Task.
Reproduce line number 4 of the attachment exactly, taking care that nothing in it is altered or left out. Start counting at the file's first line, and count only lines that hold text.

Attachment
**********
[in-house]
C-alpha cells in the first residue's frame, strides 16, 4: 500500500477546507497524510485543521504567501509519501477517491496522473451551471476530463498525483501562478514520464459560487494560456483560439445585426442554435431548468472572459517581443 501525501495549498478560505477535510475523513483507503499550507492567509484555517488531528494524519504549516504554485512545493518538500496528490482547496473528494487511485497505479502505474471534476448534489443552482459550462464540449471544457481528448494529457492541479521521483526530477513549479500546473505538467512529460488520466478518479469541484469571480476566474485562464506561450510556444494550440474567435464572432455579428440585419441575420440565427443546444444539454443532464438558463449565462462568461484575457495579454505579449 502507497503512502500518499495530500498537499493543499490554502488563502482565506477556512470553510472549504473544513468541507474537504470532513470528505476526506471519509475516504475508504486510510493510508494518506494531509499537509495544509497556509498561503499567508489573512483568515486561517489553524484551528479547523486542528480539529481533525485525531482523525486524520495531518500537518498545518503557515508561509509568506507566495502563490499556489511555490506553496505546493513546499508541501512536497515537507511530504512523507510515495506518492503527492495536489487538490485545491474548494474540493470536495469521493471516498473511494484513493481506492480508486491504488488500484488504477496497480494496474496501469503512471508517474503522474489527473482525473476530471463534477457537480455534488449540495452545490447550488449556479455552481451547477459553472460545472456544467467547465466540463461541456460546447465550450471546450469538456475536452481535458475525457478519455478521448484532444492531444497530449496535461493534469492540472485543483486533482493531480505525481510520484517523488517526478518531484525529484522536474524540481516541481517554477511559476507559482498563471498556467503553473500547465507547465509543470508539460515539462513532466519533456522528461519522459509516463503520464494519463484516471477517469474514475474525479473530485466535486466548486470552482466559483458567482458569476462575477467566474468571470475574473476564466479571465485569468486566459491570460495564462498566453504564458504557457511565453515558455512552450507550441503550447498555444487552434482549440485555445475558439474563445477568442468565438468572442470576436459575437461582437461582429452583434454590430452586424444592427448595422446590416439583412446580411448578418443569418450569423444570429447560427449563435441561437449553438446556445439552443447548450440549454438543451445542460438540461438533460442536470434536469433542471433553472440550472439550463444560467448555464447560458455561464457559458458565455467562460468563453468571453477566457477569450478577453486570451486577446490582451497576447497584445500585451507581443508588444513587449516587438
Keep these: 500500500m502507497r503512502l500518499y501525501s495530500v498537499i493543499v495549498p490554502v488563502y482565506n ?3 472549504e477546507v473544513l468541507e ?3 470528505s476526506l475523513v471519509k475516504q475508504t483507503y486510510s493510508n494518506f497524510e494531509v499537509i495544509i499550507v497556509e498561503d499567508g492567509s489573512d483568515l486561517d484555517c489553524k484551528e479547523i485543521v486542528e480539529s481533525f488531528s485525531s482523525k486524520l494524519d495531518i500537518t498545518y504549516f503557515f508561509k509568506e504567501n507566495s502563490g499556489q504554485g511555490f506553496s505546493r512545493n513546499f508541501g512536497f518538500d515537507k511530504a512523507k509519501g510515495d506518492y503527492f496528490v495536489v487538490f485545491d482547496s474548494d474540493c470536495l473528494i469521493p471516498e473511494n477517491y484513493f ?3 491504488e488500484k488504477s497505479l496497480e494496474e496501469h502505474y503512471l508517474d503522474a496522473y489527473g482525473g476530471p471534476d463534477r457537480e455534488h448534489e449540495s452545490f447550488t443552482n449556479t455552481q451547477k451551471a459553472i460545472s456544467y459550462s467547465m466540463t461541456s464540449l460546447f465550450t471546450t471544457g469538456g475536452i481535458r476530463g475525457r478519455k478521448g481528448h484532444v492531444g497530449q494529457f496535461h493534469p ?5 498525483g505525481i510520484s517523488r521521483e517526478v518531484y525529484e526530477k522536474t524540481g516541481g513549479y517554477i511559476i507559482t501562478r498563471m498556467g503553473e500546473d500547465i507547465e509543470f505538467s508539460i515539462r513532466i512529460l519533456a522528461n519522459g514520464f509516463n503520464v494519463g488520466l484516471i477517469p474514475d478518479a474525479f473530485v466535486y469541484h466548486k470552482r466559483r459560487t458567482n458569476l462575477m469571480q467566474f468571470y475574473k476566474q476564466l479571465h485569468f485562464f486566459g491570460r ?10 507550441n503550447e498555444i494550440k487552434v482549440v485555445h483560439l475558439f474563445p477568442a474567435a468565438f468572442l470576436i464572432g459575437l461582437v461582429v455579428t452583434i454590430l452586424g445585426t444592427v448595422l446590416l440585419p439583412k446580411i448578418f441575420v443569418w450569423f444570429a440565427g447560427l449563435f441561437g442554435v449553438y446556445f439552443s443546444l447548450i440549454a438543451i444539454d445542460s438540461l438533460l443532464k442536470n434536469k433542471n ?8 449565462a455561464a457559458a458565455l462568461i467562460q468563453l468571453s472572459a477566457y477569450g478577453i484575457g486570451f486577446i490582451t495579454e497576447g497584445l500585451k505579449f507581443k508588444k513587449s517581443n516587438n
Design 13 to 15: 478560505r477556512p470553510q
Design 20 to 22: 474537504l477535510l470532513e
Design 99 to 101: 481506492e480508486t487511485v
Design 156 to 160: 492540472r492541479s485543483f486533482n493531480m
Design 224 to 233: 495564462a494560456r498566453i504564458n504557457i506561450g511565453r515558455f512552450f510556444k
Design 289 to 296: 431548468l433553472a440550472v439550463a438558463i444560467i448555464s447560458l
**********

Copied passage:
Design 13 to 15: 478560505r477556512p470553510q